Thursday, June 2, 2016

Event 3---Fowler Lecture

     For my third event that I attended, I went to a lecture in Fowler. This lecture was given by Masa Jazbec who is a researcher and specialist of robots and androids in Japan. I thought this lecture was very interesting because she went over details about Japan. First, she went over the three different classifications the society could consider these new machines/robots/androids in order to give them a name. The three categories consist of: Androids, Geminoids, and Humanoids. Jazbec said that Geminoids are copies of actual human beings, sort of like a clone. Geminoids are the closest to actually living and breathing humans. Professor Ishiguro created a Geminoid prototype of himself as well. I found this very interesting in the fact that this robot looked exactly like him. This robot had the facia hair, the glasses, and even the facial expressions to go along with it.
     Masa Jazbeck also talked about Android science. Through android science, we can create these Geminoids by integrating robotics and science. This cognitive science allows the robots to look similar to humans by the hair, skin, facial expressions, etc. The interesting part to me, is that the robots actual have the ability to learn and get smarter as time goes on. The situation that we are at hand with is how we categorize them in our society.
     Most people are not fulling willing to let robots have a place in society. Jazbec explains that the average person in society is not prepared to accept these machines in our daily routines, because there is still some friction between the relationship of humans and robots. At the end of the lecture there was an interesting question asked directed towards Masa. The question was, if she sees robots as robots? The interesting and intriguing part of her response was that she has adapted to them. This response made me wonder if we as a society were surrounded by robots everyday, would we adapt too?
     I related this to what we are learning about by art and robotics. This relates to the art work put into constructing these robots. For example, the Geminoids are created by sculpting the face, eyes, hair, etc. Also, the robotics and technology put into creating these machines is unbelievable.
Which one is human?

Is this human or a robot?

Masa Jazbec and me on the right, and my friend on the left.

Works Cited:

123theJapan. "Humanoid Robot - Gemonoid HI-1 Android Prototype." YouTube. YouTube, 2012. Web. 02 June 2016.

Event 2--- Hammer Museum

        For my second event, I visited Hammer Musuem. I found a lot of exhibits interesting, but I found Kersel’s sculptures to be most interesting. For example, his sculpture MacArthur Park, 1996. This sculpture, in my opinion, represents art and science in one sighting. Kernel’s sculpture are often kinetic arrangements of objects that incorporate different ideas and themes. This sculpture of his includes a figure made of yellow and green painted balls lying on top of a large Fender speaker. It looks like a doll-like figure with its limbs moving up and down to the sound of Kersel’s voice singing pop songs of love and loss. (images above).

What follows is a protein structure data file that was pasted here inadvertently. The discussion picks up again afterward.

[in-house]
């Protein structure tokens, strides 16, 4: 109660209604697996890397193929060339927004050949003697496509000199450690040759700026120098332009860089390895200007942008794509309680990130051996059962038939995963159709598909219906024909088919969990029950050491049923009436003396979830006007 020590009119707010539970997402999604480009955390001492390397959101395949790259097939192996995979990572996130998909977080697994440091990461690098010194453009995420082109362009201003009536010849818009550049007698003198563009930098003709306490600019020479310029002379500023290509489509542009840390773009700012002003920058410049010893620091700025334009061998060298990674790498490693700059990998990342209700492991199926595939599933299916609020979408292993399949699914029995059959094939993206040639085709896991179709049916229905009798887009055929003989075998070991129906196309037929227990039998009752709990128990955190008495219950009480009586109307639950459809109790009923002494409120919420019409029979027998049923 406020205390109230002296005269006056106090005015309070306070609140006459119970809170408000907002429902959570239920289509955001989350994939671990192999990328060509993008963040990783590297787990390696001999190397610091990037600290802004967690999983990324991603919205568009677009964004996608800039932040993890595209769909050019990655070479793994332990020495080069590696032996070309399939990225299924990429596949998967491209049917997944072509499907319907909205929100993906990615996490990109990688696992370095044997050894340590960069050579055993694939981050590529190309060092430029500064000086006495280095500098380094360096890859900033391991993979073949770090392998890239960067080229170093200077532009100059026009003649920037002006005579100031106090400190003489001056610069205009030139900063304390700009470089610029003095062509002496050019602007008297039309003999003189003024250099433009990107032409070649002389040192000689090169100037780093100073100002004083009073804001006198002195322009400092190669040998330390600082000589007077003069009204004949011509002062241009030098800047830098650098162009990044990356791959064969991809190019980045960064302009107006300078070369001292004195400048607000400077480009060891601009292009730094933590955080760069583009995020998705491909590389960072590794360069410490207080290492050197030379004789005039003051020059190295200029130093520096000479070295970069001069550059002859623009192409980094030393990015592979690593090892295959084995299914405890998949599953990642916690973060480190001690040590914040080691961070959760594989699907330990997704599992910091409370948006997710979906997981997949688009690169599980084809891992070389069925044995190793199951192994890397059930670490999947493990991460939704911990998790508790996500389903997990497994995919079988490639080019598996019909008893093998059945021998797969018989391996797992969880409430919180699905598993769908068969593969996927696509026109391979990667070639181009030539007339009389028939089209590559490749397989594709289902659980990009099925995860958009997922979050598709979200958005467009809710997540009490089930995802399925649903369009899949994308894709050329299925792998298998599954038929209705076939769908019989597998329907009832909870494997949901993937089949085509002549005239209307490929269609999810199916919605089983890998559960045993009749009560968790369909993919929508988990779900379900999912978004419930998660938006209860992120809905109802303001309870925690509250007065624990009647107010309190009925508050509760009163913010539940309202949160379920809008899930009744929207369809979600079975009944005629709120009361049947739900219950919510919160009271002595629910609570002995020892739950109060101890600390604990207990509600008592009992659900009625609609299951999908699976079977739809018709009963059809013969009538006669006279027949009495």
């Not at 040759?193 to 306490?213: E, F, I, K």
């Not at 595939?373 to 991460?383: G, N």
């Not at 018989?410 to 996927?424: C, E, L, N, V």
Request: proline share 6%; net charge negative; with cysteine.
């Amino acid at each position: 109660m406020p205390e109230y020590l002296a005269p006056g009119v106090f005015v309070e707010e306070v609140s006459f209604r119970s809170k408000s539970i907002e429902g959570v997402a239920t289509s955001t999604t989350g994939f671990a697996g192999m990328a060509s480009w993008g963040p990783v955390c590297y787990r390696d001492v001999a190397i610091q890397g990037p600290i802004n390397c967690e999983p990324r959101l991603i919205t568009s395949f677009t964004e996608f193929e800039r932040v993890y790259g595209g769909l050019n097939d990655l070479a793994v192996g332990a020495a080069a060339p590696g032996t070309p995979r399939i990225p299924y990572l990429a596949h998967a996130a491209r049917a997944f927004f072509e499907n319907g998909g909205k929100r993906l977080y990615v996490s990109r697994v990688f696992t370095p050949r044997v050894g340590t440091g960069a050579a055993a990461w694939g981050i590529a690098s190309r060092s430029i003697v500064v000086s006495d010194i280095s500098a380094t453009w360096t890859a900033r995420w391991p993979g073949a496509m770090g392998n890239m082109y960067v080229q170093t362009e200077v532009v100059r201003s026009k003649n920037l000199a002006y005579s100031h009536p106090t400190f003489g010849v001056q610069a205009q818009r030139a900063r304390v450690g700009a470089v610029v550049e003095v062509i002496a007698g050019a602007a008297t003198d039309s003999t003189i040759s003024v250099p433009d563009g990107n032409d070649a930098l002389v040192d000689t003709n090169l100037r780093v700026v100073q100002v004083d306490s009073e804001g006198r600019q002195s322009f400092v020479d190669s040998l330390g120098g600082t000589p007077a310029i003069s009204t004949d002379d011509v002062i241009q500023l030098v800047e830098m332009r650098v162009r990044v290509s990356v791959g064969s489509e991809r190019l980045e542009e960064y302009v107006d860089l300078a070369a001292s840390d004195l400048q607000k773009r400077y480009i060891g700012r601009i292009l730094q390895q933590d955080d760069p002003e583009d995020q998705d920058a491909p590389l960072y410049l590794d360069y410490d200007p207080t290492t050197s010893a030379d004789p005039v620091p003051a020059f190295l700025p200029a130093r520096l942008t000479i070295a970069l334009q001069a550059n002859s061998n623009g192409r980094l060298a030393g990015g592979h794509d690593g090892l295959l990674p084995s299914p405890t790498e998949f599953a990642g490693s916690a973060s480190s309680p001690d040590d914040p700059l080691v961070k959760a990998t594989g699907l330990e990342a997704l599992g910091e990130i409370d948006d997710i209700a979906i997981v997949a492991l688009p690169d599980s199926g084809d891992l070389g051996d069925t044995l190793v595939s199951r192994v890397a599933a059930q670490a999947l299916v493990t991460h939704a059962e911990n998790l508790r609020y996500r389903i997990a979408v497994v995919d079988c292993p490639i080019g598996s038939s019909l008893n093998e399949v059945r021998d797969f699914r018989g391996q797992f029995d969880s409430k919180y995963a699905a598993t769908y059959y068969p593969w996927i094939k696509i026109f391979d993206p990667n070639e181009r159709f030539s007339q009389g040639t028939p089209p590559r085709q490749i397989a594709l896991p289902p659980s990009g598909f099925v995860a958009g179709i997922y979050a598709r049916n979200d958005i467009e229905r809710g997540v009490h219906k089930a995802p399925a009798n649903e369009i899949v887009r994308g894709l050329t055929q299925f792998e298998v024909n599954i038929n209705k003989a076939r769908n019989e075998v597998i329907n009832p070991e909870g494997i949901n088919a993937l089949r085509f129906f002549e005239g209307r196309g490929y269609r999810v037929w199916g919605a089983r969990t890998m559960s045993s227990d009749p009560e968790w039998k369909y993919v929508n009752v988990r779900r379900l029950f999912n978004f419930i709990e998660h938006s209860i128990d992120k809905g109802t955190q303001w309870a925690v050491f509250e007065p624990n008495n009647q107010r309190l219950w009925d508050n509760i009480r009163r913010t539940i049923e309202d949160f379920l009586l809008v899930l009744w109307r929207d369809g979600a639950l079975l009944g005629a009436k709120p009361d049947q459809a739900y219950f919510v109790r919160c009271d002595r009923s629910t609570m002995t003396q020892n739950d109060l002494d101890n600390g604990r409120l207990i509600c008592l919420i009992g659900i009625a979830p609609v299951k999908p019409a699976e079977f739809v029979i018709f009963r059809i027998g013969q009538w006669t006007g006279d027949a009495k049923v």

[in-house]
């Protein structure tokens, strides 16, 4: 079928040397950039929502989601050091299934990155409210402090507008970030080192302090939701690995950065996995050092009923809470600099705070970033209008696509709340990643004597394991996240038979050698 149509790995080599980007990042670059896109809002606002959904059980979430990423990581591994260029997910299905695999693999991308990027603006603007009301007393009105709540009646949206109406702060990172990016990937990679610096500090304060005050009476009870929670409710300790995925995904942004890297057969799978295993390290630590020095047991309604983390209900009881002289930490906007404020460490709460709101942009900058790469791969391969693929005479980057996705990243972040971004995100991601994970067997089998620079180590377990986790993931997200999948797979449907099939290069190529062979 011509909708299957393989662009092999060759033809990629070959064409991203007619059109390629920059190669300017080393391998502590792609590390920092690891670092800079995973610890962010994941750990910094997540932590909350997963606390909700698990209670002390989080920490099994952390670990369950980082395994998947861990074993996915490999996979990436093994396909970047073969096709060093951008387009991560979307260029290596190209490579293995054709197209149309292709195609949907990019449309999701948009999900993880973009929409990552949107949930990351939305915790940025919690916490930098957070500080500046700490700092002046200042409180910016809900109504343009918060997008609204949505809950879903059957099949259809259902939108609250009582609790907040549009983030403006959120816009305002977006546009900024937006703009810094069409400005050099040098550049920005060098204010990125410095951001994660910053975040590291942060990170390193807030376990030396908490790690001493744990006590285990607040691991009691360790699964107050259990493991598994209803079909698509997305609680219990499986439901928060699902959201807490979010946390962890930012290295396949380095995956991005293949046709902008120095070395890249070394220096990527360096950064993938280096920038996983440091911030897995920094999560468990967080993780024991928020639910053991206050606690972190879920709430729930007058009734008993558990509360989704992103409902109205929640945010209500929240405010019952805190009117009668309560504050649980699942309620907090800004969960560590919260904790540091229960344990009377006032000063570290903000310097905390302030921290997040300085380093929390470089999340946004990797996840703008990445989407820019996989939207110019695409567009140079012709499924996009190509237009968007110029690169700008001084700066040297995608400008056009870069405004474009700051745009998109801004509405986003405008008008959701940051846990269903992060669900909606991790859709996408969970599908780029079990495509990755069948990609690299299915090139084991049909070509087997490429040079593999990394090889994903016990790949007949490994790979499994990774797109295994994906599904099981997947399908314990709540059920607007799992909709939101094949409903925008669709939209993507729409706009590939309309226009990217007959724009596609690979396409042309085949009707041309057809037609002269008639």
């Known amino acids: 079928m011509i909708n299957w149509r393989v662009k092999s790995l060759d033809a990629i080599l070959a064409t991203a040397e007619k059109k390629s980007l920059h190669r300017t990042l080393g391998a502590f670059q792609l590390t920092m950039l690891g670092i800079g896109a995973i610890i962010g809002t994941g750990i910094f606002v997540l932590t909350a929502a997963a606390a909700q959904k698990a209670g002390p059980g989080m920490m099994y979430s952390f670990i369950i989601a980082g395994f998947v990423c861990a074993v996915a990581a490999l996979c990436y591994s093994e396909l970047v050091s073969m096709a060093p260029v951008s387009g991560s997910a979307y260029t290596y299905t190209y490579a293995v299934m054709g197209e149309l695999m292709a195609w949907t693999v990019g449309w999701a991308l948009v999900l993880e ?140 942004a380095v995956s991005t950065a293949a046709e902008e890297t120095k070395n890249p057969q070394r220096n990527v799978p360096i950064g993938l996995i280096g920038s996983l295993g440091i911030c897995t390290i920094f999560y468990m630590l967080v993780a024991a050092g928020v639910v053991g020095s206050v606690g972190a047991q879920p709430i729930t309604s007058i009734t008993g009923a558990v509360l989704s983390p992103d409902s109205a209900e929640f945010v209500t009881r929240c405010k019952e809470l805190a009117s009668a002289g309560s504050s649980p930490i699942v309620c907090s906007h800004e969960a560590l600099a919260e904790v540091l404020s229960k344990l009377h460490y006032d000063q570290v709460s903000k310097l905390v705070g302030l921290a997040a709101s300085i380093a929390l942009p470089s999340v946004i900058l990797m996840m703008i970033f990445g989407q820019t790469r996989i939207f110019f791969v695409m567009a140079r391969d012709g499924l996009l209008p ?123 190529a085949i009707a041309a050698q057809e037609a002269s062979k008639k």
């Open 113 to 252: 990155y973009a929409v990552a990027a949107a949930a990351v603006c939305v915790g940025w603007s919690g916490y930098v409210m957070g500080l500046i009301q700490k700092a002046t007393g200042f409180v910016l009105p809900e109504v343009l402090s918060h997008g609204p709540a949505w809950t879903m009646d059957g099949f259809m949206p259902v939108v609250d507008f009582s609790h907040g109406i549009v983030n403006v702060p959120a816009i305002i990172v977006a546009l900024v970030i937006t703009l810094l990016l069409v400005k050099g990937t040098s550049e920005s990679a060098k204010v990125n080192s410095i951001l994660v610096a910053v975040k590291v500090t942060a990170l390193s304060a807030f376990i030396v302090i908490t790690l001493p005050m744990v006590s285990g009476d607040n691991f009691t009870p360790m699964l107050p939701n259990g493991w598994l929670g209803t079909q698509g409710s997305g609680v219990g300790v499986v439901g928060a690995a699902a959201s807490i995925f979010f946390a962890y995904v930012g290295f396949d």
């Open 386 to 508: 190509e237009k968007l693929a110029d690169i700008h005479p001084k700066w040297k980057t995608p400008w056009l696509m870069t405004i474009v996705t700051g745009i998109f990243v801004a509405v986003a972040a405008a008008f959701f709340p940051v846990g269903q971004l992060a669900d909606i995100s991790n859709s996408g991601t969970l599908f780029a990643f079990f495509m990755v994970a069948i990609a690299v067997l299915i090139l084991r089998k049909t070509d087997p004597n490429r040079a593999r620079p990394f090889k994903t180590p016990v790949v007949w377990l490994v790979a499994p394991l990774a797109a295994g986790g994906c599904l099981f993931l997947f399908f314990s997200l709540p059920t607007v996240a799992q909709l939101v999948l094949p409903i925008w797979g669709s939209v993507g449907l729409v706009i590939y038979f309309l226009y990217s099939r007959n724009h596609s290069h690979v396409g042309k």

I think this sculpture represents art and science being integrated by the mechanical mechanisms needed to get this sculpture moving to the voice of the artist. Also how this sculpture incorporates a speaker and a CD player integrates the use of technology. The role of technology in this art piece represents technology and art.

The second art piece that caught my attention was this lightly pink colored tree on the wall. This tree was not painted, it was portrayed on the bar wall by a projector. This tree was also moving, like it was swaying in the wind or something. I thought this was a really interest art piece, because is integrated science, technology, and art in now piece of art. This piece of art was subtle and in the corner, but it caught my eye by the use of movement. The leaves and branches were moving to incorporate some scientific feel to it. This portrayed the use of science represented by art. 

My last experience with science and art were the spun chairs.These chairs have the appearance of a sculptural vessel. You can lean on it side to side, and you will never fall over due to the scientific calculations that came along with the creation. When you lean on these chairs, the let you rock side to side or even spin in a 360 circle. Thomas Heatherwick created this Spun chair by using a rotational molding technique to share plastic. 
Not only is this a piece of art that is sculpted to catch your eye, but it is also a convenient and fun chair to sit in. This piece of art incorporates science with the architectural background and calculations behind it, and also includes art by using a molding technique. 

Works Cited:

"Hammer Museum." Wikipedia. Wikimedia Foundation. Web. 02 June 2016.

"Home - Hammer Museum." The Hammer Museum. Web. 02 June 2016.

"Martin Kersels - ARTFORUM." Martin Kersels - ARTFORUM. Web. 02 June 2016.

"Spun Chair." - Lounge Seating. Web. 02 June 2016.